Marion Mitchell "Duke" Morrison - born Marion Robert Morrison - and better known by his stage name John "The Duke" Wayne played Reuben J. "Rooster" Cogburn in True Grit 1969 and Rooster Cogburn. He was an Academy Award-winning American film actor, director and producer. He became an enduring American icon, epitomizing rugged masculinity and the American spirit. He is famous for his distinctive voice and walk. In 1999, the American Film Institute named Wayne 13th among the Greatest Male Stars of All Time.
John Wayne was born Marion Robert Morrison in Winterset, Iowa. He was of Presbyterian Scots-Irish descent. His family moved to Palmdale, California, and then to Glendale, California in 1911, where his father worked as a pharmacist. Wayne received his famous nickname, "Duke," from a local fireman because he never went anywhere without his huge Airedale Terrier dog, Duke. He preferred "Duke" to "Marion," and the name stuck for the rest of his life.
As a teenager, Wayne got a job at a local ice cream shop and attended Wilson Middle School in Glendale. He played football for the 1924 champion Glendale High School team. He applied to the U.S. Naval Academy, but was not accepted. He instead attended the University of Southern California (USC), majoring in pre-law. Wayne also played on the USC football team under legendary coach Howard Jones. An injury curtailed his athletic career and he lost his athletic scholarship.
Out of money, he dropped out of USC and began working at the local film studios. Prolific silent western film star Tom Mix got him a job in the prop department in exchange for football tickets. Wayne's career in Hollywood had begun. He was soon moved to bit parts where he developed a longtime friendship with director John Ford.
Wayne started his career at Fox Film Corporation performing bit roles. He got his big break in 1930 when director Raoul Walsh cast him in his first starring role in The Big Trail. For the role he was given a new screen name, John Wayne, and a raise to $105 a week. Unfortunately the big budget picture was considered a flop. Wayne was relegated to small roles in large pictures after The Big Trail debacle. He appeared in many low-budget "Poverty Row" westerns, mostly at Monogram Pictures and serials for Mascot Pictures Corporation. By his own estimate, Wayne appeared in about eighty of these horse operas between 1930-1939. During his time on set he was mentored by stuntmen on how to ride and other western skills. He and famed stuntman Yakima Canutt developed and perfected stunts still used today.
Wayne's real break out role was in director John Ford's classic Stagecoach in 1939. The film was a huge critical and financial success, and Wayne became a star. He later re-teamed with Ford more than twenty times including The Searchers in 1956.
He passed on the starring role in All the King's Men because he felt it was to un-American. Broderick Crawford eventually got the role and ironically beat Wayne, who had been nominated for Sands of Iwo Jima, out of an Academy Award.
One of Wayne's most popular roles of the time was in The High and the Mighty. His portrayal of a heroic copilot won widespread acclaim. He later went on to portray aviators in Flying Tiger, Flying Leathernecks, Island in the Sky, The Wings of Eagles, and Jet Pilot.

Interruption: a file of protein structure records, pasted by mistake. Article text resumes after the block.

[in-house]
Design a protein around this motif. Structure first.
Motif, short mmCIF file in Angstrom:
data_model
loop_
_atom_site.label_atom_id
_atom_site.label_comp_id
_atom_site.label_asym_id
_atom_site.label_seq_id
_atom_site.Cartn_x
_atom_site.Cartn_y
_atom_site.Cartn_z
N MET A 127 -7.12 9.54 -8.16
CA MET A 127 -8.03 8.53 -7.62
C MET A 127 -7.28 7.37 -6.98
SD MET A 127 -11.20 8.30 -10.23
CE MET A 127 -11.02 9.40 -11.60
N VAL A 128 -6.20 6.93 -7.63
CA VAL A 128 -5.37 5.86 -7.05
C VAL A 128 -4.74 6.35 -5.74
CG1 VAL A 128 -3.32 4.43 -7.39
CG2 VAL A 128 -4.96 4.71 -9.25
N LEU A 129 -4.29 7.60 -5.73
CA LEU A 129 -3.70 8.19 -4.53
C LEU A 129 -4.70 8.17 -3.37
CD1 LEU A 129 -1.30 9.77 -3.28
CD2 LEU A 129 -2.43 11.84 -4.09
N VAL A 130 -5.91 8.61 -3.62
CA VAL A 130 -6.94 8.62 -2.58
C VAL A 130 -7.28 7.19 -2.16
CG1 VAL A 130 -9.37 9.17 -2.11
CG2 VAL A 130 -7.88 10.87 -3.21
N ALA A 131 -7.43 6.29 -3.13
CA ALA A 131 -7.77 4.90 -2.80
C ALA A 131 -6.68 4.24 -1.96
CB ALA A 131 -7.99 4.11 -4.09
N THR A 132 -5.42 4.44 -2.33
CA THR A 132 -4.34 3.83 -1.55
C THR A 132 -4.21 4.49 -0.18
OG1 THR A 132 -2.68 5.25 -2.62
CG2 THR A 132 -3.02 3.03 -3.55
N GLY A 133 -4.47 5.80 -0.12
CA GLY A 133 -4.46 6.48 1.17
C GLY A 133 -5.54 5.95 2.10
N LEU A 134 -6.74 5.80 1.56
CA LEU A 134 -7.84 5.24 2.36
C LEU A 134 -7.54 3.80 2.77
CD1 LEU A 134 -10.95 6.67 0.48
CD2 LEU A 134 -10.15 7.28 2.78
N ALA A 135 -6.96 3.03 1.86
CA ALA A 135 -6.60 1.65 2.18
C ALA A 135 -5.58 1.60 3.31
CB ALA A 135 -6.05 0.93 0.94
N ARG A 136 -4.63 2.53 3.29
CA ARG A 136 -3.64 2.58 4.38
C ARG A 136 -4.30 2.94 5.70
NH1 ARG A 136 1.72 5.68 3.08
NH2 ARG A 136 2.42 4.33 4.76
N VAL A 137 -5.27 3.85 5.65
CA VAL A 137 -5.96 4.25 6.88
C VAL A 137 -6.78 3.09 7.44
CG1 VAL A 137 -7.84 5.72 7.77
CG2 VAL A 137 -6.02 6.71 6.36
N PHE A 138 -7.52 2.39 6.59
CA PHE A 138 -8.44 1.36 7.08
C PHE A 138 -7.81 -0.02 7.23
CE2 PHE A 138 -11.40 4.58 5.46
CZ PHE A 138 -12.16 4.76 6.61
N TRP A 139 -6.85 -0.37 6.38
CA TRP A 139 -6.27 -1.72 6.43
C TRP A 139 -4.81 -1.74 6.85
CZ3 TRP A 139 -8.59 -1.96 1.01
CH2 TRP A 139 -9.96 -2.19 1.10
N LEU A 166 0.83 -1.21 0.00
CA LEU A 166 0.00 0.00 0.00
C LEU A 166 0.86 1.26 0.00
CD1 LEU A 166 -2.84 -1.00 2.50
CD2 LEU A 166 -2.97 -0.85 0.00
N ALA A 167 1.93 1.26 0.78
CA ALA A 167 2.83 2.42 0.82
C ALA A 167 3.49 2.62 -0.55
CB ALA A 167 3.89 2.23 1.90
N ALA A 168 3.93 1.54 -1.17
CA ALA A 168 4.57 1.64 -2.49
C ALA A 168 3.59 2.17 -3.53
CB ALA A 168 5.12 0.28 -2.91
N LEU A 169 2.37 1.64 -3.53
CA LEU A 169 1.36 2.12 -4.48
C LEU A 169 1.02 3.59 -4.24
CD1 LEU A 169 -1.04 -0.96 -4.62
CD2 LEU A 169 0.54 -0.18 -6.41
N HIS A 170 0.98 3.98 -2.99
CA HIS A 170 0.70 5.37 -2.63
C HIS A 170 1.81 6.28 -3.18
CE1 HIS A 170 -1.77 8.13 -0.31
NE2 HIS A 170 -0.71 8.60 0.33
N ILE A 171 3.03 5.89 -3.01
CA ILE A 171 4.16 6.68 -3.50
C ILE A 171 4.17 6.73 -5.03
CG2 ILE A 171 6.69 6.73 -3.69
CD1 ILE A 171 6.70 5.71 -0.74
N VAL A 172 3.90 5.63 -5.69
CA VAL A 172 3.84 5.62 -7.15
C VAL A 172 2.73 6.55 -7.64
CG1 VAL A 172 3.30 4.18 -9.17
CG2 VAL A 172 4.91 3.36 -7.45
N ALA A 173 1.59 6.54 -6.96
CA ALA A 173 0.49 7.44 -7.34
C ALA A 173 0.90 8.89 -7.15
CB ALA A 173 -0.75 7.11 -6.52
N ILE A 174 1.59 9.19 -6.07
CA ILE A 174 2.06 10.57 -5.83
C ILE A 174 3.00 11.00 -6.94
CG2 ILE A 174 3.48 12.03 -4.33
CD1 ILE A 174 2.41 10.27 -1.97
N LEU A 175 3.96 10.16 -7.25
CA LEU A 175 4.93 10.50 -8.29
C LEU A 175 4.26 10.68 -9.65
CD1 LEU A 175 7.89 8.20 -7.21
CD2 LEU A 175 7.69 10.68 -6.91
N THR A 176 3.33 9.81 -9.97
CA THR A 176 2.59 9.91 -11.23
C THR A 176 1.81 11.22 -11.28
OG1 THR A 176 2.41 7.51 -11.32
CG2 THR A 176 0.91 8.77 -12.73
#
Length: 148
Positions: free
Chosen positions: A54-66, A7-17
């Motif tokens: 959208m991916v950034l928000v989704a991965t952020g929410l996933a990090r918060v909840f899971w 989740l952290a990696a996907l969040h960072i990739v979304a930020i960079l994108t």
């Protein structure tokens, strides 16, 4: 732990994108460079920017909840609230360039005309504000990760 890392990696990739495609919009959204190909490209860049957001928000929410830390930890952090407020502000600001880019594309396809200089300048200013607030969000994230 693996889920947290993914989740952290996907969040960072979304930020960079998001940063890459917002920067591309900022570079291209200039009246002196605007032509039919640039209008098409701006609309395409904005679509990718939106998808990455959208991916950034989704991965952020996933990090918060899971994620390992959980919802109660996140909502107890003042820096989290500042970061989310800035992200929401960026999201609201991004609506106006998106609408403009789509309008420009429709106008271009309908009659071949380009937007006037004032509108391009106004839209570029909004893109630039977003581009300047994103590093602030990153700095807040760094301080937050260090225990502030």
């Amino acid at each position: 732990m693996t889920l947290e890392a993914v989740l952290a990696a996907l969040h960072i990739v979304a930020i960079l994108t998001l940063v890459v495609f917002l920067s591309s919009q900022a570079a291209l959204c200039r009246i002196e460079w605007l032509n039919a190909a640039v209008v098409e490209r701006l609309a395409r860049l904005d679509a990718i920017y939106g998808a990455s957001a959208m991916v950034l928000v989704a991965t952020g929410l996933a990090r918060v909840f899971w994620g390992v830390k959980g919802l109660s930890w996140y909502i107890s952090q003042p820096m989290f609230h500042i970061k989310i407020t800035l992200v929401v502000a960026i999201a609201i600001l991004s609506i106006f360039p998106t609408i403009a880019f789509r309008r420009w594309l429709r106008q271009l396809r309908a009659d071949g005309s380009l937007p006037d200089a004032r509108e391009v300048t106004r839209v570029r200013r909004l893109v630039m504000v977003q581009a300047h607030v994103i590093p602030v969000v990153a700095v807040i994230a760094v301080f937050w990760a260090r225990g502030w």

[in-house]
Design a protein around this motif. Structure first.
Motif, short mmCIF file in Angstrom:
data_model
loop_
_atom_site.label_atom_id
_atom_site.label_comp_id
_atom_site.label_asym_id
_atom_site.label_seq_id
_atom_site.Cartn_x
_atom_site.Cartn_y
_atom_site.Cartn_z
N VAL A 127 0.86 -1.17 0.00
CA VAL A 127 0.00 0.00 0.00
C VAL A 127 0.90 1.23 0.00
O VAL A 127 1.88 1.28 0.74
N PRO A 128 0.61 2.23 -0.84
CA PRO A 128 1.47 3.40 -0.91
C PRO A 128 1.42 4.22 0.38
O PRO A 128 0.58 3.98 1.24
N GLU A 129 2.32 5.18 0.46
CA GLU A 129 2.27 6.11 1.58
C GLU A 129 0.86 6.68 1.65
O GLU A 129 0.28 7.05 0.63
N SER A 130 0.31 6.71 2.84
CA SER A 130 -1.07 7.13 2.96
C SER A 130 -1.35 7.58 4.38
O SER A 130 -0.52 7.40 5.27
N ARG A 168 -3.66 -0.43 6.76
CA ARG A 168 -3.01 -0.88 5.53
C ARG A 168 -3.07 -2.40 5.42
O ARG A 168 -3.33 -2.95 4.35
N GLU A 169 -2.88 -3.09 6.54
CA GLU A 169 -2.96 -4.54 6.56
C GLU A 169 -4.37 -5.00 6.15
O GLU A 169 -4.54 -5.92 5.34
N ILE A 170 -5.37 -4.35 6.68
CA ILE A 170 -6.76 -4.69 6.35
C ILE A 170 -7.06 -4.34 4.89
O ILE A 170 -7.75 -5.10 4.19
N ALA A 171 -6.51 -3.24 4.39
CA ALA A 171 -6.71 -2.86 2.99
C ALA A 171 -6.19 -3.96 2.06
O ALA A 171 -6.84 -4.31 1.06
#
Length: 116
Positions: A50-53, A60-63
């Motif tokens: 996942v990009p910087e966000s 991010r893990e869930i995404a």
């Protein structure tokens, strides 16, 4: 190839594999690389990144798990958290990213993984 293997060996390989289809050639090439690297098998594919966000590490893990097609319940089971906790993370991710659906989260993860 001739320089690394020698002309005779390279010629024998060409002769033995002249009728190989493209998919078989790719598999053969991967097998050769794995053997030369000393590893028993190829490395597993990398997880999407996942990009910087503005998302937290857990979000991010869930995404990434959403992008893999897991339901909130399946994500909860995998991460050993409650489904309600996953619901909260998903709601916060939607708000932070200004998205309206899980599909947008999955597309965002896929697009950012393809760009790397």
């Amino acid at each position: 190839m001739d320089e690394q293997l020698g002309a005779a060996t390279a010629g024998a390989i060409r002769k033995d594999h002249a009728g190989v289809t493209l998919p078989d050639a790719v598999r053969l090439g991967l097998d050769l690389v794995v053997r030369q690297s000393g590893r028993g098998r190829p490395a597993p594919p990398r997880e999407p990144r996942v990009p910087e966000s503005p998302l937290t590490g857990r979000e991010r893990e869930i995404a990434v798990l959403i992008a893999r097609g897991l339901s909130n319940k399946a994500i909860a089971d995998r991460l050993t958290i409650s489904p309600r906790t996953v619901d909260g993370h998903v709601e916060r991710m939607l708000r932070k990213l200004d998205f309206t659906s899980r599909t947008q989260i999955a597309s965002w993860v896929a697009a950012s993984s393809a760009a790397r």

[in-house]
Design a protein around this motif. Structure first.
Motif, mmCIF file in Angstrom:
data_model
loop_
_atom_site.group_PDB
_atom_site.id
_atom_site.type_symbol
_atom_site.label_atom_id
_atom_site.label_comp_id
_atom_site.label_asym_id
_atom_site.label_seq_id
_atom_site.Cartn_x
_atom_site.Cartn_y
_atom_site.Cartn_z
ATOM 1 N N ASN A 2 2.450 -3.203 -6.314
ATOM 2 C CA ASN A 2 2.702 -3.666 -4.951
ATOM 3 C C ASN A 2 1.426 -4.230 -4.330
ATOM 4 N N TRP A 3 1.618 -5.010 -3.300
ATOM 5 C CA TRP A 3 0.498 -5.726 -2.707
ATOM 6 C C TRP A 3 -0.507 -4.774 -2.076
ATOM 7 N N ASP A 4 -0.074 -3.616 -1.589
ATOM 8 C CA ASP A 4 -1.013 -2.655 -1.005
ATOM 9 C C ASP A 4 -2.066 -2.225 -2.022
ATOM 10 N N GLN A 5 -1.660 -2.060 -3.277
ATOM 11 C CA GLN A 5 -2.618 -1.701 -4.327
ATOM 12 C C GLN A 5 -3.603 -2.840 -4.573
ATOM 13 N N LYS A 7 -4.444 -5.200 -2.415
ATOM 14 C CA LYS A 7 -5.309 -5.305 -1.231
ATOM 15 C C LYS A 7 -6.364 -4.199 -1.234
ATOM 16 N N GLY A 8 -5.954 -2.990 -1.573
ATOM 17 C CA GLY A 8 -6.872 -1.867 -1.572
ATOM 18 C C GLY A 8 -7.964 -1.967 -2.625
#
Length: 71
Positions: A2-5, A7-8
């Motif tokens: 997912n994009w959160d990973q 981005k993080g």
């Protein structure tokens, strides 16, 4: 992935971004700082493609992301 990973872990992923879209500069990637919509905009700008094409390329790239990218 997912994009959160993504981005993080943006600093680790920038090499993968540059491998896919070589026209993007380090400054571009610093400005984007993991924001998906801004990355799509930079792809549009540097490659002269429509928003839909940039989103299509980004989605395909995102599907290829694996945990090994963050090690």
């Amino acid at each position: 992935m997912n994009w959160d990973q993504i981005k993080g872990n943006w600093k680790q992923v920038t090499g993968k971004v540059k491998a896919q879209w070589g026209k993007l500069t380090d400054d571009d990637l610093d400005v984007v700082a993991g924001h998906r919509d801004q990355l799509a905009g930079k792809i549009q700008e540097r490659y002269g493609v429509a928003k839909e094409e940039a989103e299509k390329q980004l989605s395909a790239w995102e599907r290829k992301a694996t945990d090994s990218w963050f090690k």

Wayne's finest performance came when he re-teamed with John Ford in The Searchers (1956). Based on the 1954 novel by Alan Le May, The Searchers is the story of an obsessive Civil War veteran, Ethan Edwards, who spends years searching for his kidnapped niece. When he finally finds the young woman captured by Indians, he is disgusted to find that she has become one of them. While the film was a commercial success it was not nominated for any Academy Awards. Many have said that because of his Oscar snub for The Searchers he was later awarded the Best Actor for True Grit, which is considered an inferior role.
Wayne took on producing and directing, creating The Green Berets and The Alamo which he also stared in. The Alamo was nominated for Best Picture. The Green Berets in 1968 became the only major film made during the Vietnam Was that supported it.
His final film, The Shootist (1976), featured a main character who was dying of cancer, much like the aging star. He died 3 years later.
|1930||The Big Trail||Breck Coleman|
|1948||Red River||Thomas Dunson|
|1949||Sands of Iwo Jima||Sgt. John M. Stryker|
|1950||Rio Grande||Lt. Col. Kirby Yorke|
|1952||Big Jim McLain||Jim McLain|
|1956||The Searchers||Ethan Edwards|
|1959||Rio Bravo||Sheriff John T. Chance|
|1960||The Alamo||Col. Davy Crockett|
|1960||North to Alaska||Sam McCord|
|1962||The Man Who Shot Liberty Valance||Tom Doniphon|
|1962||The Longest Day||Lt. Col. Benjamin Vandervoort|
|1963||McLintock!||George Washington McLintock|
|1965||The Greatest Story Ever Told||Centurion at crucifixion|
|1966||El Dorado||Cole Thornton|
|1968||The Green Berets||Colonel Mike Kirby|
|1969||True Grit||Marshall Reuben J. 'Rooster' Cogburn|
|1970||Rio Lobo||Col. Cord McNally|
|1971||Big Jake||Jacob McCandles|
|1972||The Cowboys||Wil Andersen|
|1973||The Train Robbers||Lane|
|1975||Rooster Cogburn||Rooster Cogburn|